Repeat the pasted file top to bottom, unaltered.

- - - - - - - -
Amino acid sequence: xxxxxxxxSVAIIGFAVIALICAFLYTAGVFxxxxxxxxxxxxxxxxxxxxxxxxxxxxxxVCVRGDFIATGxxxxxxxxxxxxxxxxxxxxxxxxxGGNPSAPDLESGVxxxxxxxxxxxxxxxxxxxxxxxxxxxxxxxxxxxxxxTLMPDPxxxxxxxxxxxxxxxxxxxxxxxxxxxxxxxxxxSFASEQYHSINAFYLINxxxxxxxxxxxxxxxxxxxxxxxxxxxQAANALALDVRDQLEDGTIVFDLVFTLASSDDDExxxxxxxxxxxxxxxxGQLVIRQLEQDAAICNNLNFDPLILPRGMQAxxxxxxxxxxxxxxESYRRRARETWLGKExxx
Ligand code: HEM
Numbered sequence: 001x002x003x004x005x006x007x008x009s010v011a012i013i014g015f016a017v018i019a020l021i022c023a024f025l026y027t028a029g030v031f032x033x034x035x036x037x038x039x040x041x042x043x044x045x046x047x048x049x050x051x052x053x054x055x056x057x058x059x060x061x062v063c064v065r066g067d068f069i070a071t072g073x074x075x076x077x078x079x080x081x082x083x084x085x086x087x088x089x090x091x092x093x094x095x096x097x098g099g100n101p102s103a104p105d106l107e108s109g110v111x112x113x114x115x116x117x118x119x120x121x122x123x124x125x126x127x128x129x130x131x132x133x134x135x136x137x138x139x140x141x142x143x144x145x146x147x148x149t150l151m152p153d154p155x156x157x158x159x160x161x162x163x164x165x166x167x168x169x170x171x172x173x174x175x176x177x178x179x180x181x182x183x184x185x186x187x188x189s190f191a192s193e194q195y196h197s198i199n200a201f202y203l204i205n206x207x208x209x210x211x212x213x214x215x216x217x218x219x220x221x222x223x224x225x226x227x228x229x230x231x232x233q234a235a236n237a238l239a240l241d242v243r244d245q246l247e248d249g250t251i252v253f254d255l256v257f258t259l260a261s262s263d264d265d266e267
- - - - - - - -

Amino acid sequence: xxxxxxxxSVAIIGFAVIALICAFLYTAGVFxxxxxxxxxxxxxxxxxxxxxxxxxxxxxxVCVRGDFIATGxxxxxxxxxxxxxxxxxxxxxxxxxGGNPSAPDLESGVxxxxxxxxxxxxxxxxxxxxxxxxxxxxxxxxxxxxxxTLMPDPxxxxxxxxxxxxxxxxxxxxxxxxxxxxxxxxxxSFASEQYHSINAFYLINxxxxxxxxxxxxxxxxxxxxxxxxxxxQAANALALDVRDQLEDGTIVFDLVFTLASSDDDExxxxxxxxxxxxxxxxGQLVIRQLEQDAAICNNLNFDPLILPRGMQAxxxxxxxxxxxxxxESYRRRARETWLGKExxx
Ligand code: HEM
Numbered sequence: 001x002x003x004x005x006x007x008x009s010v011a012i013i014g015f016a017v018i019a020l021i022c023a024f025l026y027t028a029g030v031f032x033x034x035x036x037x038x039x040x041x042x043x044x045x046x047x048x049x050x051x052x053x054x055x056x057x058x059x060x061x062v063c064v065r066g067d068f069i070a071t072g073x074x075x076x077x078x079x080x081x082x083x084x085x086x087x088x089x090x091x092x093x094x095x096x097x098g099g100n101p102s103a104p105d106l107e108s109g110v111x112x113x114x115x116x117x118x119x120x121x122x123x124x125x126x127x128x129x130x131x132x133x134x135x136x137x138x139x140x141x142x143x144x145x146x147x148x149t150l151m152p153d154p155x156x157x158x159x160x161x162x163x164x165x166x167x168x169x170x171x172x173x174x175x176x177x178x179x180x181x182x183x184x185x186x187x188x189s190f191a192s193e194q195y196h197s198i199n200a201f202y203l204i205n206x207x208x209x210x211x212x213x214x215x216x217x218x219x220x221x222x223x224x225x226x227x228x229x230x231x232x233q234a235a236n237a238l239a240l241d242v243r244d245q246l247e248d249g250t251i252v253f254d255l256v257f258t259l260a261s262s263d264d265d266e267